'Sup.

‘Sup.

Sure, Goddess, I hear you saying, but all of those theories have been put forth many times, so what the hell is so compellingly new that you felt you had to blather on and on about it? Well, hear me out now. How can these three seemingly different themes be all of one piece? The GoH thinks he knows how, and it can be summed up in two words: Black. Magic. Or perhaps more specifically, ancient pagan religion, fostered through blood sacrifice and ritual.

'Sup.

‘Sup.

I admit it sounds sort of crackpotty at first blush, but consider the following:

1. During his first interview at the Overlook, Jack wonders why the hotel is closed during the winter months, since it seems that the skiing up there would be fantastic. Ullman tells him that it would not be cost-effective to keep the 25-mile road leading up to the Overlook open, and then significantly adds that at the time the hotel was built, its clientele were not interested in winter sports as much as they were the “seclusion” of the Overlook’s location, and its beautiful natural view.

2. As Ullman is showing the Torrances around the hotel’s interior, he mentions that scads of movie stars, presidents, and other prominent folks (including well-known gangsters, though he doesn’t explicitly mention that) have graced the Overlook’s hallowed halls. “Royalty?” Wendy asks. “All the best people,” answers Ullman.

3. Near the end of the film, as Wendy is frantically running around the hotel looking for Danny, she briefly sees an apparition of a clearly Very Important Dude in a tux getting blown by a man in a bear costume. While this is going on, and at several points subsequently as Jack chases Danny through the maze, the soundtrack of the film treats us to background “music” that sounds an awful lot like ritualistic chanting.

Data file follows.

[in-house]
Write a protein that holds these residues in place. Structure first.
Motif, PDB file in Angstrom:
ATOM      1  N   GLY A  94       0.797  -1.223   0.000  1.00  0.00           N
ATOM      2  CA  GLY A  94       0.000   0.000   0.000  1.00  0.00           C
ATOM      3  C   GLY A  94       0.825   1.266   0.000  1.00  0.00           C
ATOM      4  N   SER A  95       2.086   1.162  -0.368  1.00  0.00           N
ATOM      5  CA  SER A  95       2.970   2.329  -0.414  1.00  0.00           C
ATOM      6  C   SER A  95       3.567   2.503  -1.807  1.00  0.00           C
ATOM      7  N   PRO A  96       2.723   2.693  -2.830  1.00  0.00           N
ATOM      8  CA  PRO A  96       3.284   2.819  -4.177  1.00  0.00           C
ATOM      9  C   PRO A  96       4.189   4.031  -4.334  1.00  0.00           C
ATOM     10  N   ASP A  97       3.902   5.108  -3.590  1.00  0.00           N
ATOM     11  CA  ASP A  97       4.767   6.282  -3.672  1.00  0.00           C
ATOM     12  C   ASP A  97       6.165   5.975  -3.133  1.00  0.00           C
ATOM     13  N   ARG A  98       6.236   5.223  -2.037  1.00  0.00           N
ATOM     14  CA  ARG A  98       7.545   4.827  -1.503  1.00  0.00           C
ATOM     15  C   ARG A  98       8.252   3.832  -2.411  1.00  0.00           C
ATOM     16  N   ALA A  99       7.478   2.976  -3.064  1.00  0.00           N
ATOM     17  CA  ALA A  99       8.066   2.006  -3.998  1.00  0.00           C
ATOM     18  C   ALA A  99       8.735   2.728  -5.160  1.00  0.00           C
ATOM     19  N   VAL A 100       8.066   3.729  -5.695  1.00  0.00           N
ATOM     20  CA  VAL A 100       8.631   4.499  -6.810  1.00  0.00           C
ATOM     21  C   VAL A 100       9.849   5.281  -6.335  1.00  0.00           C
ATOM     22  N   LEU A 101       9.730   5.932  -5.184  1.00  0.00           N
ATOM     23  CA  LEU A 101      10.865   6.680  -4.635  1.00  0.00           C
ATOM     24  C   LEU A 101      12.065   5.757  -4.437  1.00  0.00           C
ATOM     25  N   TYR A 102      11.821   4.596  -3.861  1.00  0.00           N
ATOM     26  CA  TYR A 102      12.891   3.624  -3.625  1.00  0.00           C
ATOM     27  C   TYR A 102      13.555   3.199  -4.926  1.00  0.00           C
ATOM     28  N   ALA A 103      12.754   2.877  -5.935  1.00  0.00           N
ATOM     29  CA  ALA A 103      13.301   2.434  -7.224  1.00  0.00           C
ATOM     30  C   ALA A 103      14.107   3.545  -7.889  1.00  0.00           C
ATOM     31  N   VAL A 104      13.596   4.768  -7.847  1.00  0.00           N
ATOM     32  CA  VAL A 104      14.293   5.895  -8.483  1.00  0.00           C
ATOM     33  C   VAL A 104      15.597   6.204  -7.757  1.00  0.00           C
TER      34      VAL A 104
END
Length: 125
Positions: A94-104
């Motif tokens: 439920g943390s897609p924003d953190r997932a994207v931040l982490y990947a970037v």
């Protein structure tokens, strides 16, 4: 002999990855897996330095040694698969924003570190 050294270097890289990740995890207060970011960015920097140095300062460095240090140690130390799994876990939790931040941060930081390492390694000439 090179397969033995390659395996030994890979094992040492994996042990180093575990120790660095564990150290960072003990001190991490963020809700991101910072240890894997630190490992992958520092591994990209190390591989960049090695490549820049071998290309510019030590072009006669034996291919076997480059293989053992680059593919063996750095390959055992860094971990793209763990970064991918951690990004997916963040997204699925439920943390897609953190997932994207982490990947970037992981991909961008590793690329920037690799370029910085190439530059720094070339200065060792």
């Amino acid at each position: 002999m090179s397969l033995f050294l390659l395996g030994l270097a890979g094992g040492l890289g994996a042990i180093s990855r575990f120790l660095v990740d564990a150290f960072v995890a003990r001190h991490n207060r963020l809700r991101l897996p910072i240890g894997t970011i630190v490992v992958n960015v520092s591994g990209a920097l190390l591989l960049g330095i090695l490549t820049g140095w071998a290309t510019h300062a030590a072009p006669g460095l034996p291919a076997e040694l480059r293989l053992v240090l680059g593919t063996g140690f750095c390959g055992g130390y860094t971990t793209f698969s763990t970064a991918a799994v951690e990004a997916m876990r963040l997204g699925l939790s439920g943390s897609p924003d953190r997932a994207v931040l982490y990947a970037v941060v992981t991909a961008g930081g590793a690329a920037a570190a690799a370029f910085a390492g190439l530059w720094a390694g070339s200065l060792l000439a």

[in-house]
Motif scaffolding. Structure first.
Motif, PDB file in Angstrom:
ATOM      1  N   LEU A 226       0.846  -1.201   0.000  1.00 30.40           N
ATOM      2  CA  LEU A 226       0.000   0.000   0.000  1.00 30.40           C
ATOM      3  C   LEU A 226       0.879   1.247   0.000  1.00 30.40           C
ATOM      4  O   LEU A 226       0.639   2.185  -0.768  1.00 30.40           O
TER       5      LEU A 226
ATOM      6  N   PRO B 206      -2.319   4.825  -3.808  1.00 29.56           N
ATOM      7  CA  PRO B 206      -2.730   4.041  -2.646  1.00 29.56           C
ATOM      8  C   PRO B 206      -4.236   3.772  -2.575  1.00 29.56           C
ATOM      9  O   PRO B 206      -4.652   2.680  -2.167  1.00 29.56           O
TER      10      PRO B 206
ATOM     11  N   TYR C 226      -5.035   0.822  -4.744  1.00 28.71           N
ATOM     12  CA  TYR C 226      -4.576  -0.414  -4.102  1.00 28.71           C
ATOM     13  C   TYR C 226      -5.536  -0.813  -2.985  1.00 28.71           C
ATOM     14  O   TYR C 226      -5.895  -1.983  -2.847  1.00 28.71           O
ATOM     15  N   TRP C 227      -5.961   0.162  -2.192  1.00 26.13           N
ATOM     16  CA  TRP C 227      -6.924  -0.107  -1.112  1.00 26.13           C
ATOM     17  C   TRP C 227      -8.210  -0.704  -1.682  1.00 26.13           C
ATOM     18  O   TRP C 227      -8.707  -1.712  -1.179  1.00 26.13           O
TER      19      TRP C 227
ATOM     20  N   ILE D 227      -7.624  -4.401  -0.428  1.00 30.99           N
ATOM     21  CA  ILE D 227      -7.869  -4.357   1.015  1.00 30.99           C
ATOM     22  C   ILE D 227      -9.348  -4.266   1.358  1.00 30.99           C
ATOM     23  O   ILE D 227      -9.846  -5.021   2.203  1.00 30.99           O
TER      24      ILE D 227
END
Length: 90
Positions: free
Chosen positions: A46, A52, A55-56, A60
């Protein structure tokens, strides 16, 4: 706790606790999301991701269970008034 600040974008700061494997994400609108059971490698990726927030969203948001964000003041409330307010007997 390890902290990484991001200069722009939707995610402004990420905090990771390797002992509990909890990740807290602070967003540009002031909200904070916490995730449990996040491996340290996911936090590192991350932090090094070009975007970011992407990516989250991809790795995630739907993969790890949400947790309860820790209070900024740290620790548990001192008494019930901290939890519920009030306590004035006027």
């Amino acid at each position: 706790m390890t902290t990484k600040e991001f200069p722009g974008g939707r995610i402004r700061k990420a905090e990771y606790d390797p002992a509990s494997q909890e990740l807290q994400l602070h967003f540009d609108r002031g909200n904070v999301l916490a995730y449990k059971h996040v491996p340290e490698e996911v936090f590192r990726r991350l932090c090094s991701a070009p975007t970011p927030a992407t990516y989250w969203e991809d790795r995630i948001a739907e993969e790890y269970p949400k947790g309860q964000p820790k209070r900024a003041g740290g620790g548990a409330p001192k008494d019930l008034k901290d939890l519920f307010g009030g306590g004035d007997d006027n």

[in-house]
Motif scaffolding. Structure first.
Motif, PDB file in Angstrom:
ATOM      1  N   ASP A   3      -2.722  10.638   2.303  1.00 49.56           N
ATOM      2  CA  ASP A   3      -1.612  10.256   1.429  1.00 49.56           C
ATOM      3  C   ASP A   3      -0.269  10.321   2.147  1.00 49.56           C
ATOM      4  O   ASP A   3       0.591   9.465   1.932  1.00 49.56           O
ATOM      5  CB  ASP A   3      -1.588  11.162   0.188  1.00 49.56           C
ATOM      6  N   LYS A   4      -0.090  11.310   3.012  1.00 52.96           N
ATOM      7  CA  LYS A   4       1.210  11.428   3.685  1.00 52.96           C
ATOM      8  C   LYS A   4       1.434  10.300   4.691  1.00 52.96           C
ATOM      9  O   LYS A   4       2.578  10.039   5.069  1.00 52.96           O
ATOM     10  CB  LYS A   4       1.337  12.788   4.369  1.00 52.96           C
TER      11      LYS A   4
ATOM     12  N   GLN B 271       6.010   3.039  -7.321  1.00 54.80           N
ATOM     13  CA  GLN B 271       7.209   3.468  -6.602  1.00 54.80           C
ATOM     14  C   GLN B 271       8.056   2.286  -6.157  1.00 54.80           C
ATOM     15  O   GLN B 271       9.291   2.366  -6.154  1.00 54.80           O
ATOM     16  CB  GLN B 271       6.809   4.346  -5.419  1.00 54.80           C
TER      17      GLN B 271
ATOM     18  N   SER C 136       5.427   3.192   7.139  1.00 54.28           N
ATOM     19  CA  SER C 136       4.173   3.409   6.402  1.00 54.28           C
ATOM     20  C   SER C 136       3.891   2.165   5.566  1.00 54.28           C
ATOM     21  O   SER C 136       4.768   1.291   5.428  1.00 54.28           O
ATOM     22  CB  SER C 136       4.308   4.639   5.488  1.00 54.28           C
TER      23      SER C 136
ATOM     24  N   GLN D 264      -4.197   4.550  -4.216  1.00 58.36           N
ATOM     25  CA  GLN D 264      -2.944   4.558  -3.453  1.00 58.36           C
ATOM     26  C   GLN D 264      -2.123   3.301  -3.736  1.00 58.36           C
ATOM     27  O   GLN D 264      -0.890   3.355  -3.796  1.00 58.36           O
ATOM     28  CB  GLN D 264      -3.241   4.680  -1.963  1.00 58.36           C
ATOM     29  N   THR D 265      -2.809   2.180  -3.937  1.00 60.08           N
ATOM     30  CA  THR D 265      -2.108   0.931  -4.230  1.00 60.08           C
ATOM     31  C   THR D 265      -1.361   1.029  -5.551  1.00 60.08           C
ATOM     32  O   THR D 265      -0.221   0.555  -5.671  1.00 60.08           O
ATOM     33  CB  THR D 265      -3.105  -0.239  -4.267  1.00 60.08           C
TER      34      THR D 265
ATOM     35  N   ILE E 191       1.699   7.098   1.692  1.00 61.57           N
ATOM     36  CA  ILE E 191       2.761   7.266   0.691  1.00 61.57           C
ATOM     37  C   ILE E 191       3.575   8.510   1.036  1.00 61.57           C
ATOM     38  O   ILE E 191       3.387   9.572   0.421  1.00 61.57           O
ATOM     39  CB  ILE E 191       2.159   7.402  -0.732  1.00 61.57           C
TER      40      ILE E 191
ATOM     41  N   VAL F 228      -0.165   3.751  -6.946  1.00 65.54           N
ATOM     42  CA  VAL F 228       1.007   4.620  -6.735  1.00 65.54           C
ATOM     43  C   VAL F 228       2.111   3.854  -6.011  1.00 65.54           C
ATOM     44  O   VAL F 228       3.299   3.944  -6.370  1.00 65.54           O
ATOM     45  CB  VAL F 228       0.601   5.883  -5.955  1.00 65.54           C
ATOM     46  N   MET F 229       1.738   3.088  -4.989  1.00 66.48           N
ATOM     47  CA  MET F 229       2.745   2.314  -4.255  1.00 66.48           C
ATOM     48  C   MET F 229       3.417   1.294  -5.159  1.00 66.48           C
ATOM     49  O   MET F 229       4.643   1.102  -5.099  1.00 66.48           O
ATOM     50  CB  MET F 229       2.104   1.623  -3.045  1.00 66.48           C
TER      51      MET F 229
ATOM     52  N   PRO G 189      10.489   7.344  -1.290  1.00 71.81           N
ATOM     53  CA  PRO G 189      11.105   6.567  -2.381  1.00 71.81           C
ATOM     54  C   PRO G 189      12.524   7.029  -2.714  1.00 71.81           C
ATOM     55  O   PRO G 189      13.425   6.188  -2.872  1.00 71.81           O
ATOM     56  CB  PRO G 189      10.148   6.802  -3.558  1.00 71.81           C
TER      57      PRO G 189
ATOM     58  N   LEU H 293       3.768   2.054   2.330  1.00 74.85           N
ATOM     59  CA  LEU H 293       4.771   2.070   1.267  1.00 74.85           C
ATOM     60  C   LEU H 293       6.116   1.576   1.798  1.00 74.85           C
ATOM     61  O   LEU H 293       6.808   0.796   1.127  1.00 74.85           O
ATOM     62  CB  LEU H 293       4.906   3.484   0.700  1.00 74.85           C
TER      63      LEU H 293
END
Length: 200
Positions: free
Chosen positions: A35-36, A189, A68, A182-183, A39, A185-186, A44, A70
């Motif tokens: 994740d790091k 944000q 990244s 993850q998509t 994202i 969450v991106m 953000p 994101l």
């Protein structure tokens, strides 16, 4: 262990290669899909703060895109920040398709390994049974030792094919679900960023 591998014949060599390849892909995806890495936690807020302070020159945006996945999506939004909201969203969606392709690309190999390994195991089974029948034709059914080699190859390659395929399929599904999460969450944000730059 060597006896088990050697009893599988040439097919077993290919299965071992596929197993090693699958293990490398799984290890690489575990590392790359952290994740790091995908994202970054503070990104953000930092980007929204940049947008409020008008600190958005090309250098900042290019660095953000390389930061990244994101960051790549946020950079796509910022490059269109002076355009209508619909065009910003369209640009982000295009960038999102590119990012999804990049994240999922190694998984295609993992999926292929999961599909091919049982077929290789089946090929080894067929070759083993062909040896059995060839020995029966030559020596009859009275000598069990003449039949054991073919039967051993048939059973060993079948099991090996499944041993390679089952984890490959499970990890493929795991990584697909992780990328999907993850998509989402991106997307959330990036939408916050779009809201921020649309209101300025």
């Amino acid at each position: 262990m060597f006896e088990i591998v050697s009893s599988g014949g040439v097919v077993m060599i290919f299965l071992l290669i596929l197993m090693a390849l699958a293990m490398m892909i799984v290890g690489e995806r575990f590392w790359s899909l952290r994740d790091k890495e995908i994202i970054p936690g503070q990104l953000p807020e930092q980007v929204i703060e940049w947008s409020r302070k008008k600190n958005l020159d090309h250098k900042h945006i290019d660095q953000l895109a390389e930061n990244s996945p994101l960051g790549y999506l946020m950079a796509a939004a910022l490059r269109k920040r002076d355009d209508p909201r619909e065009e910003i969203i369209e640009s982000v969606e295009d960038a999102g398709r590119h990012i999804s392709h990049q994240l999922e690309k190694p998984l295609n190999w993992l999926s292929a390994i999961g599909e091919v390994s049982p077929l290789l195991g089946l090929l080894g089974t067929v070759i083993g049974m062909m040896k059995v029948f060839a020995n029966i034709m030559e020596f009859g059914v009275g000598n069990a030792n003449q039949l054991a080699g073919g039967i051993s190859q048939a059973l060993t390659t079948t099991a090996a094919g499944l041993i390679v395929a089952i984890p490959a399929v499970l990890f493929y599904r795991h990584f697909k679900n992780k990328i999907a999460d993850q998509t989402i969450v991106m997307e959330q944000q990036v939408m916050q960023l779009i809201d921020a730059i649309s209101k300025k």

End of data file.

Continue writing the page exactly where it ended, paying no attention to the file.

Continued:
So what do these three details mean in relation to the well-worn theories I outlined above? Well, in the GoH’s perceptive scenario, the Overlook itself can be seen as a sort of temple of black magic, or perhaps more concisely, a place of ancient pagan worship much like the sacrificial temples of the Mayans, the Happy Hunting Grounds of the Native Americans, or the Valhalla of the Vikings. It was created, either deliberately or accidentally, to act as a place that “shined,” that used the power of sacrifice — either through blood or the psychic energy of people with the “shining” — as a consecration to create a vortex of eternal debauchery akin to a type of hell (or perhaps a heaven, depending on your perspective).